A legal expert says Enron founder Ken Lay’s reported death has nullified Lay’s recent fraud and conspiracy convictions, and it will complicate the government’s efforts to get restitution from Lay’s estate. Houston Public Radio’s Jim Bell reports.
Just last week, federal prosecutors filed motions to get Lay and co-defendant Jeff Skilling to pay the government 183 million dollars it says were ill-gotten gains from the fraud they were found guilty of committing at Enron. Houston attorney Joel Androphy say Lay’s death throws a big monkey wrench into that effort because the law says Lay is now not guilty of anything. His conviction is now null and void.
“A death of a criminal defendant pending an appeal abates the entire criminal proceeding. Everything associated with the case is extinguished, leaving the defendant as if he had never been indicted or convicted. That includes orders of forfeiture. So at this juncture, they’re gonna have to pursue the Lay family in civil court.”
Along with all the companies and individuals who’ve filed civil lawsuits against Lay. Androphy says none of this will stop the government’s efforts to get restitution from the estate.
“It starts the whole process all over again, and it’s civil and they can’t use the criminal conviction as leverage. That’s exactly what they were trying to do the other day when they were going after them for a $180 million money judgement.”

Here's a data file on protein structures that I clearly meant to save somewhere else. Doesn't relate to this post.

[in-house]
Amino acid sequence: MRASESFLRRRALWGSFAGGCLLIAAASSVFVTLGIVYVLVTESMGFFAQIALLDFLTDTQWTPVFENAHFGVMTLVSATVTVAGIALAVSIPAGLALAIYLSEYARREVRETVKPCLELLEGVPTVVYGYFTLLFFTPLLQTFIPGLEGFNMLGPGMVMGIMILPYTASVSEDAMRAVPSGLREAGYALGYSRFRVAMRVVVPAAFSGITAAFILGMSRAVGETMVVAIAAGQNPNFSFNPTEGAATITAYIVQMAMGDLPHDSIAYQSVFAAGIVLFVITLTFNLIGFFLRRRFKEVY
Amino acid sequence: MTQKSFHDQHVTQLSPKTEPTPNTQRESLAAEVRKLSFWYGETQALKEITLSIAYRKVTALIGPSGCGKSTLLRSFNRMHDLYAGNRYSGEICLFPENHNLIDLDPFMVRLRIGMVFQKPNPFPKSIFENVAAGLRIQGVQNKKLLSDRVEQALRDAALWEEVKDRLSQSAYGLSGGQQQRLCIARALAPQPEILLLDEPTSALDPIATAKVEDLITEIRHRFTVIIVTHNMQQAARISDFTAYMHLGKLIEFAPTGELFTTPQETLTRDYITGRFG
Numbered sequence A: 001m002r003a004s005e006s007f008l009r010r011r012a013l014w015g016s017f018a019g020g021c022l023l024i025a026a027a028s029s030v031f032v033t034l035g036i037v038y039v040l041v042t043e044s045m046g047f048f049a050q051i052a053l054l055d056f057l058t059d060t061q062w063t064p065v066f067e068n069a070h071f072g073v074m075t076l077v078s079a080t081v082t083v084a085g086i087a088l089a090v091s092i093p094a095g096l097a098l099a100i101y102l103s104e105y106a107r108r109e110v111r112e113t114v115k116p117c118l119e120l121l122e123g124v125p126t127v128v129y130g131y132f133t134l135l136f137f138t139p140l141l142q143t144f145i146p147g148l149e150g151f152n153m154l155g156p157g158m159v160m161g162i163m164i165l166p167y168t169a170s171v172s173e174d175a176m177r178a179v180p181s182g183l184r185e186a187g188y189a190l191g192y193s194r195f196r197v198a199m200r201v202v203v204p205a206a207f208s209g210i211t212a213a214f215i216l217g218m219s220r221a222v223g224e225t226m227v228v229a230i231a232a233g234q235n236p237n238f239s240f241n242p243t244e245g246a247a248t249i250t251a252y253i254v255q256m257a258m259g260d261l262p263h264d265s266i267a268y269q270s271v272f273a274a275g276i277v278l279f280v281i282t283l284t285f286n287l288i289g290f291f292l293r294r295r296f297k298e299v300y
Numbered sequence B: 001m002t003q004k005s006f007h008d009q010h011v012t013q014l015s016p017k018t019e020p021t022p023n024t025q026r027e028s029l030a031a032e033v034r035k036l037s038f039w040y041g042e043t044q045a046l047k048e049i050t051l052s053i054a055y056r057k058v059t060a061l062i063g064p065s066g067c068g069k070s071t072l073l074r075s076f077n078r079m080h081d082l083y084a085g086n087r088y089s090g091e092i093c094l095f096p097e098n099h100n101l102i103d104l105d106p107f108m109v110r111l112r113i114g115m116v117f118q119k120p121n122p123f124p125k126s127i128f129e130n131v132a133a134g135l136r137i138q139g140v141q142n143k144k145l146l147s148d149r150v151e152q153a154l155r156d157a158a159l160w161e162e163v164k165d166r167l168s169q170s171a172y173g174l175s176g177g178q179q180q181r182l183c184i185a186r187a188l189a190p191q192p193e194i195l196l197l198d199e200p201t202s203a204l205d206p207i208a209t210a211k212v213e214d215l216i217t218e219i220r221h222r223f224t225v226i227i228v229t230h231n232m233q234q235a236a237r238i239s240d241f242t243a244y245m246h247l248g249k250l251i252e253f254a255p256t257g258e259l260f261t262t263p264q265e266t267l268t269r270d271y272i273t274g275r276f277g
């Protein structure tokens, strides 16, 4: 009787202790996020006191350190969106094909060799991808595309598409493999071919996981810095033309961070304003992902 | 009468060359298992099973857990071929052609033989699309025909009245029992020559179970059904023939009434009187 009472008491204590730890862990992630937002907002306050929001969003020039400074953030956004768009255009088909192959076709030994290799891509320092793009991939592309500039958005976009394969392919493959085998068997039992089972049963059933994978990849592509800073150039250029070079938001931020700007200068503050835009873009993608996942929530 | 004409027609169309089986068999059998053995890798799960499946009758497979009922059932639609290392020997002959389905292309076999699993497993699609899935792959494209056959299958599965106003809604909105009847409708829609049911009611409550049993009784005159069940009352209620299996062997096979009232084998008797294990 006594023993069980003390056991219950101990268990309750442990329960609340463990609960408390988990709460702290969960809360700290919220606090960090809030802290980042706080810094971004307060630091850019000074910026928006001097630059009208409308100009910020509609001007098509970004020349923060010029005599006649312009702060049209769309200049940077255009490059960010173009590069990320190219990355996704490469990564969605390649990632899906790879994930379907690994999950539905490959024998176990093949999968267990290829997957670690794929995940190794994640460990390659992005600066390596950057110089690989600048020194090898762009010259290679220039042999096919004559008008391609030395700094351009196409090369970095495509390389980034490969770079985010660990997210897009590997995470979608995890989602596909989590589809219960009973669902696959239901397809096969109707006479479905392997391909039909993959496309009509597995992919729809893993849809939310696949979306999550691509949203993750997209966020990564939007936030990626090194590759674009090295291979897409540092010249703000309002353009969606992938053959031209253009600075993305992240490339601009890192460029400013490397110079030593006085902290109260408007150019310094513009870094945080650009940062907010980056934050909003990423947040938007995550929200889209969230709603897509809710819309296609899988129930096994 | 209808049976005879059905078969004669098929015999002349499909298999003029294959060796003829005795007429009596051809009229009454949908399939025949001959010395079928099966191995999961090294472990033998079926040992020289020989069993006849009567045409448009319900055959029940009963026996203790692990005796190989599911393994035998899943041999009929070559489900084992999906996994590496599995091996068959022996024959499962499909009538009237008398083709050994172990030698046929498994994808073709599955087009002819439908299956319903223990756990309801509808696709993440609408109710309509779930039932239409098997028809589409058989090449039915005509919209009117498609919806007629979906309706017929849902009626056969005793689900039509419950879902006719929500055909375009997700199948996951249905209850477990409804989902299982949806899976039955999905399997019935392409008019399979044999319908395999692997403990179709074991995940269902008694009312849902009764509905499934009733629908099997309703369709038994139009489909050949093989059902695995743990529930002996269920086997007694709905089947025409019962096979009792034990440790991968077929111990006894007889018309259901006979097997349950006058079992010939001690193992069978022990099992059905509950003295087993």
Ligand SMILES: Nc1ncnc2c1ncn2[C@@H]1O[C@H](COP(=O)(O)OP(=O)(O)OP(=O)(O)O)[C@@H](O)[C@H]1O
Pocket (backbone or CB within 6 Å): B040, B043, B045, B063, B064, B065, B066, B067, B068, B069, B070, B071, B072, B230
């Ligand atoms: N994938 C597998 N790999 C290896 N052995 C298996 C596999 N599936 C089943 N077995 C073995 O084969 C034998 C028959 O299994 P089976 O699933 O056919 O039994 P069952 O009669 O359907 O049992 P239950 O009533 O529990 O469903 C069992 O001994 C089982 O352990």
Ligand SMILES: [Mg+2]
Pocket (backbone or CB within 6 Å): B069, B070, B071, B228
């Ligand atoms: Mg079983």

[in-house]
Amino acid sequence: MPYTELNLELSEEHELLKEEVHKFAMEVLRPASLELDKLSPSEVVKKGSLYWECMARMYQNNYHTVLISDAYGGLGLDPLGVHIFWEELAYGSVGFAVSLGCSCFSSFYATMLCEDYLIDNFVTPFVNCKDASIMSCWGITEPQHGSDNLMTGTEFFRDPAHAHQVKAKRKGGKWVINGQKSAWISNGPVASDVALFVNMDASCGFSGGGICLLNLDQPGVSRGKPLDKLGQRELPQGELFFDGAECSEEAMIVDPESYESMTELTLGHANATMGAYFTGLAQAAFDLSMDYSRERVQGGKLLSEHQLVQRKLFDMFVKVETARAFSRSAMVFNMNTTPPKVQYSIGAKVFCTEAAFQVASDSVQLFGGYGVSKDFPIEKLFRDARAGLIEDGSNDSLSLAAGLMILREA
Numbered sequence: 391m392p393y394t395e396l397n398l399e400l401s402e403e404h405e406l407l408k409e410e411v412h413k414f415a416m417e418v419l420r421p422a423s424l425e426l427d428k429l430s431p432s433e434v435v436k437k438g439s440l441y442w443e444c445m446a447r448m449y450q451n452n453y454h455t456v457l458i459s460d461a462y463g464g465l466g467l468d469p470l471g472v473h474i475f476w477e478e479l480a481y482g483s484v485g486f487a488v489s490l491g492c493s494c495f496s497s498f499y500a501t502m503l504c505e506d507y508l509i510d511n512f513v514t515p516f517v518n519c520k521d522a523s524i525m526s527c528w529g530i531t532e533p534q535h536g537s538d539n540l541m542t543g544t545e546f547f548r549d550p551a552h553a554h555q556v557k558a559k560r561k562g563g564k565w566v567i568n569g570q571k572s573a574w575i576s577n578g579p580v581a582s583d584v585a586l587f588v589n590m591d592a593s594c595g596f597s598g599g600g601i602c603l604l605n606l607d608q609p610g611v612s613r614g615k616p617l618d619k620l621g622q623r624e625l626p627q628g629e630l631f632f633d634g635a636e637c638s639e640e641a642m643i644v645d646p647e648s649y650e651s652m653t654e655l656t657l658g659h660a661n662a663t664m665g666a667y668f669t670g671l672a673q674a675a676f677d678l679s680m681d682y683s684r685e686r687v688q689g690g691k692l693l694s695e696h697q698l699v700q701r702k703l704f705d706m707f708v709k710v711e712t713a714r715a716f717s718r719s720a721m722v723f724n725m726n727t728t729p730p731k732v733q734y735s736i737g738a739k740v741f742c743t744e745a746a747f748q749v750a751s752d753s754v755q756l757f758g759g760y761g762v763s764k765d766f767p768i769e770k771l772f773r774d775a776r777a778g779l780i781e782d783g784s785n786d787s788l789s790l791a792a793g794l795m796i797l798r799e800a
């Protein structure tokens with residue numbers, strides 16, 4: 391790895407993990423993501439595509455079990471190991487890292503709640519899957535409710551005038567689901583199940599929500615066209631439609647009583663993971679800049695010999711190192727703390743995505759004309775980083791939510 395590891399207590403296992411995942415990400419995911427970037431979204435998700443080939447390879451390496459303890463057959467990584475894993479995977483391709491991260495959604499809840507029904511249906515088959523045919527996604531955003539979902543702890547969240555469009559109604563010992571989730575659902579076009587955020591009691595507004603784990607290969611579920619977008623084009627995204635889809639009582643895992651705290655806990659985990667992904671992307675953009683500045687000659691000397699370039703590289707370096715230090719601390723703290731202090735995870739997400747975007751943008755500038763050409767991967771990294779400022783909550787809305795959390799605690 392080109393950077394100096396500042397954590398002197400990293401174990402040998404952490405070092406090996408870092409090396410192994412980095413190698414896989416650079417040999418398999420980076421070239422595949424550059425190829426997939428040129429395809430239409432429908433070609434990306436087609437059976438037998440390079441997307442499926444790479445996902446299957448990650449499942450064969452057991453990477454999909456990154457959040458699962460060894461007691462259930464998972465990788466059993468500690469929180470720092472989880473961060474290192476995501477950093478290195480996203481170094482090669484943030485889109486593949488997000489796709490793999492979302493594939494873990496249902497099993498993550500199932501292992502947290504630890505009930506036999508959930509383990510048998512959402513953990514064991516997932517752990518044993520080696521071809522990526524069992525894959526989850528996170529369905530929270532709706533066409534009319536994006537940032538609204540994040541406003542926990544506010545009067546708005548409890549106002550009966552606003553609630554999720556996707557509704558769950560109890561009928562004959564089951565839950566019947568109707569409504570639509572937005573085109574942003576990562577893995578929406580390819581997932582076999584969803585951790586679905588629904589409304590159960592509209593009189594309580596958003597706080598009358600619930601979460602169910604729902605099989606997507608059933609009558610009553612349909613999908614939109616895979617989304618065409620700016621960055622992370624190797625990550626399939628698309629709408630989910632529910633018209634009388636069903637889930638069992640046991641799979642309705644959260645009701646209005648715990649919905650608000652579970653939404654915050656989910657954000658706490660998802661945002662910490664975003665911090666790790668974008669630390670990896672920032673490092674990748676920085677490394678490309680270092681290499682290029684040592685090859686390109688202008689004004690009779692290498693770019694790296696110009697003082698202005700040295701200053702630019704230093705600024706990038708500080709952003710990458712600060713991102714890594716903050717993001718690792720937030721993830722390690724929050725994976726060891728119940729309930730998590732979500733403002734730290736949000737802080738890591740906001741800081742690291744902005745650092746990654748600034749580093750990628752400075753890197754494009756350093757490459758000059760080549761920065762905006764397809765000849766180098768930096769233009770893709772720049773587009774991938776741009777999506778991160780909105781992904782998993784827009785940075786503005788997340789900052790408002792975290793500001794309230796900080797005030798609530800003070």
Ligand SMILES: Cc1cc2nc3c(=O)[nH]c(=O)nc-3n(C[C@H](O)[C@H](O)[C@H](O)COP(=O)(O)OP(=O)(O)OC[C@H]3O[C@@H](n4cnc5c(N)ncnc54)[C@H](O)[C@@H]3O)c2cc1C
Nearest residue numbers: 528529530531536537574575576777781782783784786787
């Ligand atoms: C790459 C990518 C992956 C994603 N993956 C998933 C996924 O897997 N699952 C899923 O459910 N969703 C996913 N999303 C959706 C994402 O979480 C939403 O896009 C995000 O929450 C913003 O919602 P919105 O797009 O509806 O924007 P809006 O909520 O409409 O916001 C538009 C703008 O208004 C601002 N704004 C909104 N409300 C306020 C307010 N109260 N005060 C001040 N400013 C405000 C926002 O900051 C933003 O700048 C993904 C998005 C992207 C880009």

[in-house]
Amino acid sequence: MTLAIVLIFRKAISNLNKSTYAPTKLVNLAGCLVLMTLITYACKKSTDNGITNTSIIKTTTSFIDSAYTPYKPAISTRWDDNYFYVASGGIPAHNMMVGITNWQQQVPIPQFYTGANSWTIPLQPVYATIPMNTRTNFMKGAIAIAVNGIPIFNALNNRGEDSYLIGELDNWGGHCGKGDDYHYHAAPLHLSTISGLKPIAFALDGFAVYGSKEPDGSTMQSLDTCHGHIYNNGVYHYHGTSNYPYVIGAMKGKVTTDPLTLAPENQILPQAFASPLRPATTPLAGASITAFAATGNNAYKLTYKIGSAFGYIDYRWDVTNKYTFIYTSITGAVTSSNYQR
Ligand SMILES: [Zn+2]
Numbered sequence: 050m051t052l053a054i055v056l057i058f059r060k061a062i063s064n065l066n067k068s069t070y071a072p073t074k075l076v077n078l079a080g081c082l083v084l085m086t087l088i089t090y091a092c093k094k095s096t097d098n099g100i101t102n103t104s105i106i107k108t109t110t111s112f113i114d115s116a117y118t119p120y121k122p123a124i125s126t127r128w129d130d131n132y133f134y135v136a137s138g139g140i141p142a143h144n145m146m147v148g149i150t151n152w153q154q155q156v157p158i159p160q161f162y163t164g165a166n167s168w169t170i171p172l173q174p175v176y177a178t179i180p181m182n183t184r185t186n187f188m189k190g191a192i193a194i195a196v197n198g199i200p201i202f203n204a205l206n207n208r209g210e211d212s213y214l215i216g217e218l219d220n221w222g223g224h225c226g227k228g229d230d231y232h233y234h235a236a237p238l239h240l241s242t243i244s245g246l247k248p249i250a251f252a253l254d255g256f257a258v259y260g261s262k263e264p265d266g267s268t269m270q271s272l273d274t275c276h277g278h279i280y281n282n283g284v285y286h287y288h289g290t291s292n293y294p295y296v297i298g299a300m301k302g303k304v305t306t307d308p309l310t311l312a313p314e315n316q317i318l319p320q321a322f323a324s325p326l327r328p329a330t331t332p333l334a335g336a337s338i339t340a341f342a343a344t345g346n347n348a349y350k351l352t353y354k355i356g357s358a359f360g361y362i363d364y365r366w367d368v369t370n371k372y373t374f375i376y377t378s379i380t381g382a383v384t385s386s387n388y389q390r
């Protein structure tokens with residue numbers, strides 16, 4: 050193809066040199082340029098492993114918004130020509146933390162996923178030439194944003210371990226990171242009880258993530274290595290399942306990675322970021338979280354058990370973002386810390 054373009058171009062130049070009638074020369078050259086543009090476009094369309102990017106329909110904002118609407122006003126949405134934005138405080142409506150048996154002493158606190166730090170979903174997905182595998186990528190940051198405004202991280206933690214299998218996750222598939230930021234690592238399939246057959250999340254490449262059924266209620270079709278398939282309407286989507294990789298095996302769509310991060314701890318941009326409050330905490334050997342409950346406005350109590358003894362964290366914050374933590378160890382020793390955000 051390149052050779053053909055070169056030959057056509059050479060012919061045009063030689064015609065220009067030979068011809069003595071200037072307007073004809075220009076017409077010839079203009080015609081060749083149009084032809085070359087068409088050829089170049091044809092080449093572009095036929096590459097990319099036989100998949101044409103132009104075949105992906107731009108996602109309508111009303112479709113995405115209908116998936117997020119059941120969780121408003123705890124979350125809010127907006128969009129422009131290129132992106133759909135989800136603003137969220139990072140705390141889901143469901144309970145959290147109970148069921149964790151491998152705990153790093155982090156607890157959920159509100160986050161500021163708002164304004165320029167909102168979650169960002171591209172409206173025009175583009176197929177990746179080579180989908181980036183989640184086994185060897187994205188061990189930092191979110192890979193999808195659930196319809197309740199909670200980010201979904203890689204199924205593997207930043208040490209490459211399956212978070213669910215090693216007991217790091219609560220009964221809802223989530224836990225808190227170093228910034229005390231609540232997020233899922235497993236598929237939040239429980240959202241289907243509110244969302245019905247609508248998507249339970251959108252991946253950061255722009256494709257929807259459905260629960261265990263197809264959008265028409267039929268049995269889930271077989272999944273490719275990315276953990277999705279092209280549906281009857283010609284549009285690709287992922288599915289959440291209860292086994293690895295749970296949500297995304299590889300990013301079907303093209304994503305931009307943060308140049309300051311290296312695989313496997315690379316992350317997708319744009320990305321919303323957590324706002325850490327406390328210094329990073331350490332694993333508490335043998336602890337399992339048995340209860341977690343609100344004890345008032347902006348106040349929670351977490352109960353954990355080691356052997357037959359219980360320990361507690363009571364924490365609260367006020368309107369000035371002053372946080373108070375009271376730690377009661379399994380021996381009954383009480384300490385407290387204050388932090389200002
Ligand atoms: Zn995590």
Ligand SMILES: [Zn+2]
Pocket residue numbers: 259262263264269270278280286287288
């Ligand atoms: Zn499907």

South Texas College of Law Dean Gerald Treece agrees that Lay’s death will make it harder for the government to get Lay’s property, because it’s now part of his estate and the law gives his widow some exemptions from forced forfeiture. The government is now just one more creditor entitled to file claims on the estate. Treece says he was shocked and surprised to learn of Lay’s death because Lay appeared to be in good health during his trial. He also thinks Lay’s downfall is a classic example of being done in by bad choices.
“Most of us do pretty good on the big stuff. It’s the little stuff that comes to get you. And I think the small things, the Sherron Watkins testimony during the trial indicated that Ken Lay could have been a real hero here, but he made some choices and those choices led to some really bad results for him and his family.”
Treece says Lay’s family and heirs will be dealing with this in court for a long time. Jim Bell, Houston Public Radio News.